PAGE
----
Contemporary artists Anne Imhof, Eliza Douglas and composer Billy Bultheel released a new single ‘Dark Times’, the first track taken from their upcoming SEX - comprised primarily of refigurations of songs composed for Imhof's art show of the same name, which was exhibited in Chicago in 2019.

A hyperbolic anti-anthem of the times we live in, ‘Dark Times’ lyrically references poet Bertolt Brecht’s famous poem written for Walter Benjamin titled Motto to the ‘Svendborg Poems’. The song manifests itself as a ballad in which Eliza Douglas’ captivating voice recites Brecht’s haunting lines to the classically composed melody.

The 'Dark Times' video was shot by Lola Raban-Oliva and Jean-René Étienne and edited by Joji Koyama, under the artistic direction of Eliza Douglas. Douglas is an acclaimed artist who has held solo exhibitions at Air de Paris, Paris, Jewish Museum, New York and Schinkel Pavillon, Berlin, among others, a well as having collaborated with artists including Hercules and Love Affair, Antony and the Johnsons and Devendra Banhart, alongside being Anne Imhof’s closest collaborator. Together, the pair have been working together since 2016, with Douglas composing and performing music for Imhof’s performances in this time.

Eliza Douglas. Photo by Nadine Fraczkowski.

Billy Bultheel is a composer and performance-maker based in Berlin and Brussels. His practice combines heavy electronics with medieval and baroque polyphony. From 2012-2019 Bultheel has been developing musical aspects of Imhof's performances, movies and installations and composed music for Imhof's pieces alongside with Eliza Douglas and Imhof herself. Billy Bultheel has a BA in music from the Royal Conservatory of The Netherlands and an MA in Choreography and Performance at the Justus-Liebig University, Germany.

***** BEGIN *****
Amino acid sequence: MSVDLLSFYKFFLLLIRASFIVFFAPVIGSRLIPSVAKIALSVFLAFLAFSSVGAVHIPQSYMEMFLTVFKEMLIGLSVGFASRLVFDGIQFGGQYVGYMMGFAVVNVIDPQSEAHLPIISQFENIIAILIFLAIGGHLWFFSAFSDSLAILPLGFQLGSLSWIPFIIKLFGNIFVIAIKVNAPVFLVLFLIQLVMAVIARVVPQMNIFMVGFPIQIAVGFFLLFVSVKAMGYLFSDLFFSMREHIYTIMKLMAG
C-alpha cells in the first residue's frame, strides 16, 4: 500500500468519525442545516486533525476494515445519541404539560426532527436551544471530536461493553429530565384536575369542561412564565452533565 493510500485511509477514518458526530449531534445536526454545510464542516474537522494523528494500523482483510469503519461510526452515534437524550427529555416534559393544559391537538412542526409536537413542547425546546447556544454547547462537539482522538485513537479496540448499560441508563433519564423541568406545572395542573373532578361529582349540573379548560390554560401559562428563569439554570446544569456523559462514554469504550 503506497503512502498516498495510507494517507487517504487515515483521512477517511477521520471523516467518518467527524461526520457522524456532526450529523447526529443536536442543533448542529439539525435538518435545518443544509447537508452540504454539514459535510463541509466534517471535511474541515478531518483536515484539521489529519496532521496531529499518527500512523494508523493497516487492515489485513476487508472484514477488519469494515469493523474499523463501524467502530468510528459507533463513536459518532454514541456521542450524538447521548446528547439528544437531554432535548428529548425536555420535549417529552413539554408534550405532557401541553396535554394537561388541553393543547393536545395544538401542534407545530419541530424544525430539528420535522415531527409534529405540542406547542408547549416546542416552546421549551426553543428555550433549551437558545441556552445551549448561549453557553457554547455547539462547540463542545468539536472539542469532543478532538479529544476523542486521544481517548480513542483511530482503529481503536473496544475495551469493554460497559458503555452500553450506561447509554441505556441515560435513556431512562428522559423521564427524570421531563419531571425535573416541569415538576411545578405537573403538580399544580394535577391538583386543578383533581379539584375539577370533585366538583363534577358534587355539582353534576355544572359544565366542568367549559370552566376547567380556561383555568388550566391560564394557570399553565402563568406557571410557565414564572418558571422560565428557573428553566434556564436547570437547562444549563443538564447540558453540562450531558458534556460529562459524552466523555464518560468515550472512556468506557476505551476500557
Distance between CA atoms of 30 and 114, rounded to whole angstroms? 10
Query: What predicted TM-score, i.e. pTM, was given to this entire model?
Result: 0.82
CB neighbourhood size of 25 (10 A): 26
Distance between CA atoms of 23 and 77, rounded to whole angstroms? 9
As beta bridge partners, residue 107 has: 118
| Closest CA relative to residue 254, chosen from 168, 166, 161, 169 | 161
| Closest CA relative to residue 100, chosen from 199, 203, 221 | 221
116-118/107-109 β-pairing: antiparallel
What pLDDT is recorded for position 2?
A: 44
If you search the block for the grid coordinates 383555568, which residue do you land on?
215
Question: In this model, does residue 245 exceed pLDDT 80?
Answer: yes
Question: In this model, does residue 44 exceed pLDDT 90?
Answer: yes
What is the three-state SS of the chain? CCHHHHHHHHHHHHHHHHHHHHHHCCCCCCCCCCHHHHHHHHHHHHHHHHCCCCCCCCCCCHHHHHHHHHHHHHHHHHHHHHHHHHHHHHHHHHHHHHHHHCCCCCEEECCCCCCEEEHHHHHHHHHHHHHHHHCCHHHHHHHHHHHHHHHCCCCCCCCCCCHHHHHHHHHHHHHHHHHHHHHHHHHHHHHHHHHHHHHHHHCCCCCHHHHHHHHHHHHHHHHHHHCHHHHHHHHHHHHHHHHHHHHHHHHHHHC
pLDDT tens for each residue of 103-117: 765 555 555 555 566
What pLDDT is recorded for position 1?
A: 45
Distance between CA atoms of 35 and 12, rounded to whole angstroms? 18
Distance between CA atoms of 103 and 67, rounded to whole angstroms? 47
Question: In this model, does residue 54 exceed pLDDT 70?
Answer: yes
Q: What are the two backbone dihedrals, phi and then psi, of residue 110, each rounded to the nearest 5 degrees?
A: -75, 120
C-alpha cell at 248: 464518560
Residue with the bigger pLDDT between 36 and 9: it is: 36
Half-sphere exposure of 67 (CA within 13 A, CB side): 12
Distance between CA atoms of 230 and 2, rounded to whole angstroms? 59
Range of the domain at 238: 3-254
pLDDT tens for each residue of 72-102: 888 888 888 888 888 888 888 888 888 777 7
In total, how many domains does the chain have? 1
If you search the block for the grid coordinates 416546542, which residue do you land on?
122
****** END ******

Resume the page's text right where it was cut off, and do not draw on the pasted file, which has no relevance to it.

Billy Bultheel, photo by Roman Goebel

Anne Imhof's SEX began as an art show

SEX was composed during the formation of Imhof’s art show of the same name. Exhibitions of SEX are immersive, atmospheric events, creating environments inhabited by groups of collaborators. During the day, visitors are able to explore Imhof’s installation of paintings, sculptures and architectural interventions for free. Then in the ticketed evening events, the spaces will come alive with music, lights and live performances. The evening performances contain strobe lighting and explicit content.

Anne Imhof. Photo by Nadine Fraczkowski

Adrian Searle described the evening shows at the Tate Modern thus:

I am left with a head full of images. A man thrashes at his own shadow with a bullwhip, the rhythmic echo of whip against wall a metronomic ricochet through the space. A waltz, set to a heartbeat pulse, becomes a wrestling match, or a tender embrace as the couple slowly falls on to a mat. A procession passes through, bodies lifted by their companions. Carrying becomes caring. Or are they being led to an auto-da-fé? A man looks down at the milling audience from a high gantry, as though he were on a balcony, watching the street below.
Adrian Searle, on SEX as staged at The Tate Modern

Anne Imhof, Douglas and Bultheel, reworked the songs from how they appeared in the show, the result is a compelling record that acts as an accompaniment to the SEX performances, as well as standing alone as a progressive collection of contemporary compositions.

Check out the video for 'SEX" here:

Anne Imhof, Eliza Douglas, Billy Bultheel — Vivaldi youtu.be

This article has been republished from Out & About Nashville, and was part of a series of first-person pieces written by the late Bobbi Williams.

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